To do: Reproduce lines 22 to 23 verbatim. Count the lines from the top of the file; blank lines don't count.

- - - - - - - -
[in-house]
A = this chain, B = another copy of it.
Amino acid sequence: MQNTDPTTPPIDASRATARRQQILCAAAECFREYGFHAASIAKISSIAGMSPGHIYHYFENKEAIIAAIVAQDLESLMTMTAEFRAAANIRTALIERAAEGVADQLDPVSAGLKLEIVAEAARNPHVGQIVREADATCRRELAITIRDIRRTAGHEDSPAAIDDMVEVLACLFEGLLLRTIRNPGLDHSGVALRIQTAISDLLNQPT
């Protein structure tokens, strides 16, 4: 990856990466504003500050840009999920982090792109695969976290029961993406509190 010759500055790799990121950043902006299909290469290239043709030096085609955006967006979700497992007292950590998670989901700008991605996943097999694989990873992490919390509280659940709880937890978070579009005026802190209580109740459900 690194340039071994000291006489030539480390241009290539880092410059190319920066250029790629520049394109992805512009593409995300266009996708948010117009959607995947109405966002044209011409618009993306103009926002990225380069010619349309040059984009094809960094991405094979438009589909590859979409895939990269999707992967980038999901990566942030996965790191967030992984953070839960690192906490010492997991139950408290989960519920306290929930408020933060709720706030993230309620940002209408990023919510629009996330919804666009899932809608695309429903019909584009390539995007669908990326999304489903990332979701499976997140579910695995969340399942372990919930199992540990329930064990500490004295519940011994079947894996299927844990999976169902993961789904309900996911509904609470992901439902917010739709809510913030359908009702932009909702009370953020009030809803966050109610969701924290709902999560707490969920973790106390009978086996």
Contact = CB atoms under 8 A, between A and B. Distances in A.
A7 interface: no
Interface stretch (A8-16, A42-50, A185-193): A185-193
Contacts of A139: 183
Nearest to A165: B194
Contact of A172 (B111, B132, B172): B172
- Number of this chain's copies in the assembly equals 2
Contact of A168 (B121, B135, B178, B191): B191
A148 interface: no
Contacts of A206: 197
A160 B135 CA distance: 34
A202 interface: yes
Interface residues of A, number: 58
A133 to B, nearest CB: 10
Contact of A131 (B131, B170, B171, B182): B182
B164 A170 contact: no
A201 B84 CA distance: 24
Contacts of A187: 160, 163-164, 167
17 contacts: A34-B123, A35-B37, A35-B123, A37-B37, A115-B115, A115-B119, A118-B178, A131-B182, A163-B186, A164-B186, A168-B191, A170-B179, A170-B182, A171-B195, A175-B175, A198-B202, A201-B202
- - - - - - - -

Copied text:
Contacts of A187: 160, 163-164, 167
17 contacts: A34-B123, A35-B37, A35-B123, A37-B37, A115-B115, A115-B119, A118-B178, A131-B182, A163-B186, A164-B186, A168-B191, A170-B179, A170-B182, A171-B195, A175-B175, A198-B202, A201-B202